Photo of the Month – Sulfur Coated Urea (SCU)

Sulfur Coated Urea (SCU)


The invention of Sulfur Coated Urea (SCU) in the 1970s provided the agricultural industry with a new way to slow release nitrogen and at the same time provide plants with much needed sulfur. Since its invention, SCU has been adopted for use worldwide. It has become even more important to agriculture in recent years as sulfur once obtained by crops from industrial air pollution is no longer available in our cleaner world.

ACT is proud of their history in the development of coated fertilizers. In fact, our founder, Ray Shirley, was the lead inventor of SCU at Tennessee Valley Authority! Since establishing ACT in 1981, Ray has built a group of professionals with expertise in fertilizer coatings. As a result, we understand the importance of attention to detail in the development of coatings that successfully extend or delay the release of nutrients.

Coating fertilizer for slow release is more than a science. It requires a combination of knowledge, skill, observation, innovation, and art. For a coating to be commercially viable, careful planning is required to minimize the cost of the coating and still provide the desired release profile.  This attention to detail includes:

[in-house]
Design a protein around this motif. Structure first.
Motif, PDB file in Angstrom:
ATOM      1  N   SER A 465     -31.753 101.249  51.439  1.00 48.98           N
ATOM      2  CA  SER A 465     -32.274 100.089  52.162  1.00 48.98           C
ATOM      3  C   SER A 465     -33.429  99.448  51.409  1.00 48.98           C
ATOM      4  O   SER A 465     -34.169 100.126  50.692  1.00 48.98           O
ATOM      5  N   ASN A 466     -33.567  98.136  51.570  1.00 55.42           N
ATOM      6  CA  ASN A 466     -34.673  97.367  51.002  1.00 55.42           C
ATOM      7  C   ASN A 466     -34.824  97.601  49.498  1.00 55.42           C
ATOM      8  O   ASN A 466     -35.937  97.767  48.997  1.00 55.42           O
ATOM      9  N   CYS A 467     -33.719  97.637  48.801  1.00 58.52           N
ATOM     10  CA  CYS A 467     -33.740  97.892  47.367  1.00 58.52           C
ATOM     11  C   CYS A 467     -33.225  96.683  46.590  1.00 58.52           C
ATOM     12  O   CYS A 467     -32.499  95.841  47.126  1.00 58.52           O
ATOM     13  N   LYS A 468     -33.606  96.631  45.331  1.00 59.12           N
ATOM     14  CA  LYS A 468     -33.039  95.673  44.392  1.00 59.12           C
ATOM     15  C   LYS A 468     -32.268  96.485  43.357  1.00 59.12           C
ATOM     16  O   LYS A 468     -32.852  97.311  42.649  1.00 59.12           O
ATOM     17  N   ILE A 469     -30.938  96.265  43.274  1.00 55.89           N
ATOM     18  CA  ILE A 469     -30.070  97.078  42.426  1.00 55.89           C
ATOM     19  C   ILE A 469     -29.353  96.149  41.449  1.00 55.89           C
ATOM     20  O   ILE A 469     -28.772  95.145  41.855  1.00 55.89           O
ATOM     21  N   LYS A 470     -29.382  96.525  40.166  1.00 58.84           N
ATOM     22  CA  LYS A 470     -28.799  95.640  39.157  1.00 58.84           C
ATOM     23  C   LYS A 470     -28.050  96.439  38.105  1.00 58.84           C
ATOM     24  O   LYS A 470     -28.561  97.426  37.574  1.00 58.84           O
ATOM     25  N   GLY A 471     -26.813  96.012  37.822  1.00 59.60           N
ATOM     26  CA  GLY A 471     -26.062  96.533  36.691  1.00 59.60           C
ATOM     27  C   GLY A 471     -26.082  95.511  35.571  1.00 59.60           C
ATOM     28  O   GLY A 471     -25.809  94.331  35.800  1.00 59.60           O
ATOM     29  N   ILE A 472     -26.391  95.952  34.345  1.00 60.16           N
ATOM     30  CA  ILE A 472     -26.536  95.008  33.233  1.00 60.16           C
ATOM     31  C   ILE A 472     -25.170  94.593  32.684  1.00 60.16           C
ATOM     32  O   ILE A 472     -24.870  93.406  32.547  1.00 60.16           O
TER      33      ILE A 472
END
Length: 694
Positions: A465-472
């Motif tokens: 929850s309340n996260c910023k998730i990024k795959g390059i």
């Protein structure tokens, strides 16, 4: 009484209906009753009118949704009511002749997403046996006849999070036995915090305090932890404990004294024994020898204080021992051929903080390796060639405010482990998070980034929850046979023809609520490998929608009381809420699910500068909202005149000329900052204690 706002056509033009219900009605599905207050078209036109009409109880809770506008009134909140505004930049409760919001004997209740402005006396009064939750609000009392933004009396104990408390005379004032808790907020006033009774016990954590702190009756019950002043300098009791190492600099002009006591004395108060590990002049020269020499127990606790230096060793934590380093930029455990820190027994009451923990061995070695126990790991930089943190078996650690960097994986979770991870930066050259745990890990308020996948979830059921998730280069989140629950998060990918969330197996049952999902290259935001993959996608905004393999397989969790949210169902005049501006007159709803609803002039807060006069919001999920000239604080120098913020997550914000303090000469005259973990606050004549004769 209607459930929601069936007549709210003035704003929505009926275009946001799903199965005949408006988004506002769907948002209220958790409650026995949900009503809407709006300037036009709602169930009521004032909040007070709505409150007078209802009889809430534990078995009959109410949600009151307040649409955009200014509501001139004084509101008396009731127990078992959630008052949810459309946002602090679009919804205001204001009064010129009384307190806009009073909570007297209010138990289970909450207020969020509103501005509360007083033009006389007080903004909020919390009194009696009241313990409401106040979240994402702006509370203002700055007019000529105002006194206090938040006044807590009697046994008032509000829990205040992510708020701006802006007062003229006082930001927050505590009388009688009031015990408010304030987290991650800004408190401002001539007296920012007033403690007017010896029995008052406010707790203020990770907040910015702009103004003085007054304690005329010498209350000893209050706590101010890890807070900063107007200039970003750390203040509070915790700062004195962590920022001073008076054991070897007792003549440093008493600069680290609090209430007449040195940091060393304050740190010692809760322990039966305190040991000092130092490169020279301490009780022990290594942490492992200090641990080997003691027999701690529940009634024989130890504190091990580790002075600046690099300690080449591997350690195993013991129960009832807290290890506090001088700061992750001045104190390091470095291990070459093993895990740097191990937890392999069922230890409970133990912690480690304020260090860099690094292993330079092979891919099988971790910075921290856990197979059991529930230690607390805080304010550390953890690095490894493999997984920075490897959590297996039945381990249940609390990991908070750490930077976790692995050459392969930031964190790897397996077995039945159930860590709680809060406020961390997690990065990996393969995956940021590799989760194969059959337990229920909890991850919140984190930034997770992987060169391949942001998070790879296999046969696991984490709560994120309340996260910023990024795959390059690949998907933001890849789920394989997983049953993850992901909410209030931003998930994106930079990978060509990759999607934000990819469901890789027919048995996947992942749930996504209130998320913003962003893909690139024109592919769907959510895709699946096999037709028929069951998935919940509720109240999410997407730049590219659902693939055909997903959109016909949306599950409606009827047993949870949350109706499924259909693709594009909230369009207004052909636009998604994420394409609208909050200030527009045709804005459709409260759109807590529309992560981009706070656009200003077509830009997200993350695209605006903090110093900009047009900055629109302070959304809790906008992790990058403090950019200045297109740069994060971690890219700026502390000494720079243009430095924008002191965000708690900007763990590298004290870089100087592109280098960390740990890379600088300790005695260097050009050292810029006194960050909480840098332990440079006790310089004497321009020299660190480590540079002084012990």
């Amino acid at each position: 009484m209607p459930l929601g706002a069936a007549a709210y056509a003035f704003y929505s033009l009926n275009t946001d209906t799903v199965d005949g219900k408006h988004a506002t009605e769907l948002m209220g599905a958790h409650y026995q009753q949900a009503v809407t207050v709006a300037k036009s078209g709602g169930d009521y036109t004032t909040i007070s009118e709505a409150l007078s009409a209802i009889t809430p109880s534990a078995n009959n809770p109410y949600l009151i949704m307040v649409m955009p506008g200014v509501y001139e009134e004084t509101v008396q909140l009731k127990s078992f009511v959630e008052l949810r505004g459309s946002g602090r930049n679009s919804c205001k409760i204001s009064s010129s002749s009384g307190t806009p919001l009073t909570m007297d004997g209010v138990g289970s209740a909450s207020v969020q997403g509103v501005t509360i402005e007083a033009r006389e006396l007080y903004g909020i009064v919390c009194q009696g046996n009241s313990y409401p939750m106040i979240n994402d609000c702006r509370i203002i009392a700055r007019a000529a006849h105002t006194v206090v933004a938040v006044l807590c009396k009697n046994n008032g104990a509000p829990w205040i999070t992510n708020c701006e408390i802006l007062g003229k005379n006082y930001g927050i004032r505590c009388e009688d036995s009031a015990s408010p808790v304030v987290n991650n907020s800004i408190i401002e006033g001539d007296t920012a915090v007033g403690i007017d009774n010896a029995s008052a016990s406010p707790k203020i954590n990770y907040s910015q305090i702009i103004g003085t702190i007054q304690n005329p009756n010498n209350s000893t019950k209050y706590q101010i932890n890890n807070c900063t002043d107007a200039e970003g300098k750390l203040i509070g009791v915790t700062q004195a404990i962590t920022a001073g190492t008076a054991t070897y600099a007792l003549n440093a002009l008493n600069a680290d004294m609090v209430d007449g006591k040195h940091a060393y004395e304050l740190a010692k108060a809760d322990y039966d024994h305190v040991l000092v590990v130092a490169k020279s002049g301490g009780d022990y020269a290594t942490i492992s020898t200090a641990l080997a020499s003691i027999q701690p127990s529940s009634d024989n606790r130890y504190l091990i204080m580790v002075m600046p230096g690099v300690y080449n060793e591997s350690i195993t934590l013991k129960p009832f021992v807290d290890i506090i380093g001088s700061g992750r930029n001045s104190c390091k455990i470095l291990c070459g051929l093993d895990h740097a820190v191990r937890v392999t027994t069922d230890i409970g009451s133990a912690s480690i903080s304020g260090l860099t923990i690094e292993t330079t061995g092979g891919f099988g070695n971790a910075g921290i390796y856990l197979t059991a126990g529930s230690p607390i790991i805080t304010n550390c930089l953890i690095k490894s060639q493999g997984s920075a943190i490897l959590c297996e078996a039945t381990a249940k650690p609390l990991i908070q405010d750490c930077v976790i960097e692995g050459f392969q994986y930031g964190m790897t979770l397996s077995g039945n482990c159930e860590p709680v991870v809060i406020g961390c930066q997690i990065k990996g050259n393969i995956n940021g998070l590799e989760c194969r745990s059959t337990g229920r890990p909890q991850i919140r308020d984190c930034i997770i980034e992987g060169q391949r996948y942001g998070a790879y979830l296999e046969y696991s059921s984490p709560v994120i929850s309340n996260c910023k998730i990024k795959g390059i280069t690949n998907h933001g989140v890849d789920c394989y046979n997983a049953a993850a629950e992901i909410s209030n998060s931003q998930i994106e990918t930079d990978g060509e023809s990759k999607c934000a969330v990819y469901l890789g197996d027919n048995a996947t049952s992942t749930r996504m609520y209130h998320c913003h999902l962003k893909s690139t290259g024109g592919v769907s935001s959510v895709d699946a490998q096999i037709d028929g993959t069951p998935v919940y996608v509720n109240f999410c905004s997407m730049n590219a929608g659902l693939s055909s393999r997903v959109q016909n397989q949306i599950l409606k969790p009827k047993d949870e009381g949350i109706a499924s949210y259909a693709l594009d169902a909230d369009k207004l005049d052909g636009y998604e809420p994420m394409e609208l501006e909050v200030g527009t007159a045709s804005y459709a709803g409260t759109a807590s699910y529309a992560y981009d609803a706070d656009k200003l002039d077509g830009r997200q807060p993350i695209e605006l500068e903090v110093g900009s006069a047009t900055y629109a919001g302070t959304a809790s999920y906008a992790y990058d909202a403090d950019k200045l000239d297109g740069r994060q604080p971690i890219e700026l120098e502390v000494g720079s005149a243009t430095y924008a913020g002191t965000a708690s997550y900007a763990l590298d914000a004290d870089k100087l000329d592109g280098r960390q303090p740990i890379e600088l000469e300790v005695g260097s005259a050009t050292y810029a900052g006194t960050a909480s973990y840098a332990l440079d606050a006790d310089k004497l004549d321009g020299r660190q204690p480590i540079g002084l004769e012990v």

• Careful examination of physical properties of coating materials and substrate – viscosity, melting point, freezing point, water affinity, density, biodegradability, and much more
  • Proper selection of equipment used for coating
  • Quality and chemical composition of starting materials
  • Estimation of release properties of the coated product during early development
  • Agronomic and performance testing of the fertilizer product
  • Economic feasibility of coating

The coated fertilizer industry is entering a new era as environmental restrictions are beginning to shape and transform the industry. Recent changes in EU fertilizer regulations have triggered revived interest in SCU and other coated fertilizer products. Efficient use of fertilizer nutrients is ever important but doing so in an environmentally friendly manner is changing the approach of fertilizer companies.


Recent Articles